July 24, 2024

CDC Offers Holiday Food Safety Tips to Keep You Safe

CDC Offers Holiday Food Safety Tips to Keep You SafeThe Centers for Disease Control and Prevention (CDC) is offering holiday food safety tips. Cooking for a crowd is different from cooking for a family, and your guests may include people who are high risk groups for foodborne illness complications.

First, make sure you always cook food thoroughly. Print out cooking temperature charts for meat, poultry, fish, and eggs and post them in your pantry. And always use a reliable and accurate food thermometer to test foods before you serve them. Roasts, chops, steaks, and fresh ham should rest for 3 minutes after they are removed from the grill or oven so the temperature can rise.

Remember that the “danger zone” for food is between 40°F and 140°F, where bacteria grow rapidly. In fact, bacterial counts can double every 20 minutes at those temperatures. With this in mind, keep hot foods hot and cold foods cold. All perishable food should be frozen or refrigerated within 2 hours of cooking.

Always use pasteurized eggs if you are making a recipe that doesn’t cook them. Salmonella bacteria can be on the shell and actually inside the egg. Recipes such as eggnog, tiramisu, Caesar salad dressing, and hollandaise sauce should always be made with pasteurized eggs.

Do not eat raw dough or batter. Raw eggs, of course, are a potential hazard in these products, but as recent E. coli and Salmonella outbreaks prove, flour can also be contaminated with pathogens. Don’t let children play with flour-based dough. Some companies do offer edible cookie dough that uses heat treated flour and pasteurized eggs. Read the label carefully to make sure you can eat these products without cooking.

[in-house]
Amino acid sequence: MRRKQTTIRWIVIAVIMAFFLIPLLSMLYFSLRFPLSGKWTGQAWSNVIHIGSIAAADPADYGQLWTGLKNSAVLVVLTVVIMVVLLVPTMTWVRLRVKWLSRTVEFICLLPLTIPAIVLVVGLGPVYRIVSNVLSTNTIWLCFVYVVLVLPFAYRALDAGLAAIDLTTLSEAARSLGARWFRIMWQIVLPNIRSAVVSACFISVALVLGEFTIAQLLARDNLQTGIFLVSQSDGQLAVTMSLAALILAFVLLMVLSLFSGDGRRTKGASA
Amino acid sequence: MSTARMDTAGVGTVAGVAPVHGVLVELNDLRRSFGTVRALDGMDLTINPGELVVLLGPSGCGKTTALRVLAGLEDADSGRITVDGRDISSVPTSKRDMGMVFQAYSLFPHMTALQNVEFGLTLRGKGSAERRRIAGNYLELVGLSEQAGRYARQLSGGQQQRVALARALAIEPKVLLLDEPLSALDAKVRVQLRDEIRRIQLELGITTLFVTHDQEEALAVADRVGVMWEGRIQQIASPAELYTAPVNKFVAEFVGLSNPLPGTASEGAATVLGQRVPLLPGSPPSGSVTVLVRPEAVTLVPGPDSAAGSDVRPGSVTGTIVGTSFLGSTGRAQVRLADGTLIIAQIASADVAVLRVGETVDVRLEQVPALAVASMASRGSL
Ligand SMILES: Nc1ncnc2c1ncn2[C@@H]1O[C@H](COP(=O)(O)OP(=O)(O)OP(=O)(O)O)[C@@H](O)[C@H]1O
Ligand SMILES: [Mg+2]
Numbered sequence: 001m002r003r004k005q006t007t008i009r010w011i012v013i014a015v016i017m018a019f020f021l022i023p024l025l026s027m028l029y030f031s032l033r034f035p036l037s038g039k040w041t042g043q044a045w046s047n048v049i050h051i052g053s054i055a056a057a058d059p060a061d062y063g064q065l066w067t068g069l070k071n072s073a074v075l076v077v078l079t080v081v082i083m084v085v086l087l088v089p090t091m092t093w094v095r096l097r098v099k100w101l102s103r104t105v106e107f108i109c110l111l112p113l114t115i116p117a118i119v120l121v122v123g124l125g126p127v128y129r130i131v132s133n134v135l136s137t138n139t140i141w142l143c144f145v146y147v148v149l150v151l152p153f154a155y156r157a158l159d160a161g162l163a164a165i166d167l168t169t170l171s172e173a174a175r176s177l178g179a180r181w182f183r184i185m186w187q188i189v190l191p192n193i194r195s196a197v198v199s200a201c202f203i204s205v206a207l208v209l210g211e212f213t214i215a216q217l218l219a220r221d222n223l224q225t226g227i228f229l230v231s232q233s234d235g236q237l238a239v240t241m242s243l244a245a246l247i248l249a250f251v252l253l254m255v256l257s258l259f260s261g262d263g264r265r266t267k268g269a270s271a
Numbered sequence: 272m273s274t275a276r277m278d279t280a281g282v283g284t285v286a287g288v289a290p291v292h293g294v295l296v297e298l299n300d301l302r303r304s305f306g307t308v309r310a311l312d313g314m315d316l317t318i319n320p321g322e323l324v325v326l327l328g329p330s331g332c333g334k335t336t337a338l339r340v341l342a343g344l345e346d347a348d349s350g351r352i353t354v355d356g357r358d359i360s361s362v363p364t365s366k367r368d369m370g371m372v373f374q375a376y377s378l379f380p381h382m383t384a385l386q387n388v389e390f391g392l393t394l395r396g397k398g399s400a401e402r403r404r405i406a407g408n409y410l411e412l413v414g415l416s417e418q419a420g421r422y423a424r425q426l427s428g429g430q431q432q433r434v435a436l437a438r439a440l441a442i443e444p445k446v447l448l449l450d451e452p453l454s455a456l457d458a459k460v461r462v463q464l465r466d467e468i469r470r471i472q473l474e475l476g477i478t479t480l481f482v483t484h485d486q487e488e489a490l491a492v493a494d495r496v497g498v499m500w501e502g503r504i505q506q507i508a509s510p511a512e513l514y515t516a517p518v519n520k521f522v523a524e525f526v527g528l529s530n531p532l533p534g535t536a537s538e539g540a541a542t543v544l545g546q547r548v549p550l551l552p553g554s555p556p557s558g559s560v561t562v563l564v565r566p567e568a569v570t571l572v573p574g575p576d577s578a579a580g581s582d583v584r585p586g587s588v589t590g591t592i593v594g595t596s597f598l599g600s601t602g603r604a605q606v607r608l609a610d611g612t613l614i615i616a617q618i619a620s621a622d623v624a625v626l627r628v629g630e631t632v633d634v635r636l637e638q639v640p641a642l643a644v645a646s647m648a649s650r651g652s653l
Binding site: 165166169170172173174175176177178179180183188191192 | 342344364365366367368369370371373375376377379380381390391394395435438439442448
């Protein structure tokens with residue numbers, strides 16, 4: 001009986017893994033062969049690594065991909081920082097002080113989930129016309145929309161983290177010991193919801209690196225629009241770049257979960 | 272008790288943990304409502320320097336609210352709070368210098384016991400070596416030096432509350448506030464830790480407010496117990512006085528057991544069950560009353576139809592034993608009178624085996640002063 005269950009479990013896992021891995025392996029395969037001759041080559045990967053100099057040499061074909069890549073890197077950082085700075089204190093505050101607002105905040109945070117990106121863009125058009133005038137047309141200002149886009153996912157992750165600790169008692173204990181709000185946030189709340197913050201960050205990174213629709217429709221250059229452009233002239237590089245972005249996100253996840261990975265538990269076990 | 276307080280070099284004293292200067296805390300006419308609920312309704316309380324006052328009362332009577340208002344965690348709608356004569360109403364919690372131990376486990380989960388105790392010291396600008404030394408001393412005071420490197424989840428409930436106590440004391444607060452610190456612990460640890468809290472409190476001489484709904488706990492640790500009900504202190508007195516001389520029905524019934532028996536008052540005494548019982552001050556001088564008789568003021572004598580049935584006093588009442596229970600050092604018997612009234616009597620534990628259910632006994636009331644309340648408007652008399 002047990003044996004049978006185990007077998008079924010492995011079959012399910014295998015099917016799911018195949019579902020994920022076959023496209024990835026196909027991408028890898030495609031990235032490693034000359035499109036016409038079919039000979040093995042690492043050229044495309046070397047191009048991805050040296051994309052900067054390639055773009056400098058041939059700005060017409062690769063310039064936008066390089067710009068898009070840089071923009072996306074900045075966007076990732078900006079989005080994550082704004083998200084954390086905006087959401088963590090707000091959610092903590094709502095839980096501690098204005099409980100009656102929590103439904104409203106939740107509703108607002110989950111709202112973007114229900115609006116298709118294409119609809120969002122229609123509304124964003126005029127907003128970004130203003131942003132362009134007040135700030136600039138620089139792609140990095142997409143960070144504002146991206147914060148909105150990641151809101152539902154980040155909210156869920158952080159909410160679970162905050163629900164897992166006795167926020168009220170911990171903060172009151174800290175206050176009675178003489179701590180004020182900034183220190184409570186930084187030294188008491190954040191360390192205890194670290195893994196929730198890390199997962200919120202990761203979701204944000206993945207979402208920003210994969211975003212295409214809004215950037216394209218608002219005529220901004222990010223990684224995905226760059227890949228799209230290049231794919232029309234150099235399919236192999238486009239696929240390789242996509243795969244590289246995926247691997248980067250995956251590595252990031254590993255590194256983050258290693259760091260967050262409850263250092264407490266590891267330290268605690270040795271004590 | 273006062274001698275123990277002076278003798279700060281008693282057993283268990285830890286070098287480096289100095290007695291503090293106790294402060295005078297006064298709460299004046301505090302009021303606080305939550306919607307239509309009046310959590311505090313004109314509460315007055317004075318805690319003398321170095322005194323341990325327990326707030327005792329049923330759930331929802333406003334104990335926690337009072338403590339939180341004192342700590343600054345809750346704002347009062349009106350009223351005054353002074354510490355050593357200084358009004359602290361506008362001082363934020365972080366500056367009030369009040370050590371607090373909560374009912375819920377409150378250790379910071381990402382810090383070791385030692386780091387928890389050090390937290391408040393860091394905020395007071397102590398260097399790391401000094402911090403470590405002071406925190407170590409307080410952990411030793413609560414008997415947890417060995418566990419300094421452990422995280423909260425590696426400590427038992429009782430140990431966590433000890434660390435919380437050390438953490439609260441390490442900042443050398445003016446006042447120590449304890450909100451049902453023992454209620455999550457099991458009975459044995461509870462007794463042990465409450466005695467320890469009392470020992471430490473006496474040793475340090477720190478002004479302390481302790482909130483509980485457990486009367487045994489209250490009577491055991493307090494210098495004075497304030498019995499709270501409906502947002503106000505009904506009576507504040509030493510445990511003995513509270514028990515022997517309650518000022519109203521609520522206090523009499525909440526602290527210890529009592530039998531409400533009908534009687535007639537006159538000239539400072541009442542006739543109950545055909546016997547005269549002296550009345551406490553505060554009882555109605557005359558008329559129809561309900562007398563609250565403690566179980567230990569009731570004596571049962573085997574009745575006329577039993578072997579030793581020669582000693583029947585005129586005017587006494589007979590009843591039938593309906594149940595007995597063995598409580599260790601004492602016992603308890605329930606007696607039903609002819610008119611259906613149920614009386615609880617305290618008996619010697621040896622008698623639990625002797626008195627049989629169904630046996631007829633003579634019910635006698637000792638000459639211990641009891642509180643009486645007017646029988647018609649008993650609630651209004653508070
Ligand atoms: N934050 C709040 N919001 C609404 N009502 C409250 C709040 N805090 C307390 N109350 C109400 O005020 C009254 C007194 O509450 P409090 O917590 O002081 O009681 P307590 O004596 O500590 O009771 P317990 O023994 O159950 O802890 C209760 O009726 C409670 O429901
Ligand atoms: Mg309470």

Avoid cross-contamination by keeping raw meat, chicken, turkey, seafood, and eggs separated from foods that are eaten uncooked. Juices can drip from those products onto other foods. So keep the meat products in containers or sealed plastic bags in the fridge. And use separate cutting boards for meats and other foods.

Thaw your turkey safely. Turkey should be thawed in the fridge, or in a sink or cold water, while changing the water every 30 minutes. Do not thaw any meat products on the countertop. Or cook your turkey frozen!

Wash your hands frequently while preparing food. Wash them before, during, and after food preparation, before eating, after handling pet food or pet treats or touching pets, after going to the bathroom, after changing diapers, after touching garbage, after caring for someone who is sick, and after blowing your nose.

Have a safe and wonderful holiday season with these holiday food safety tips.



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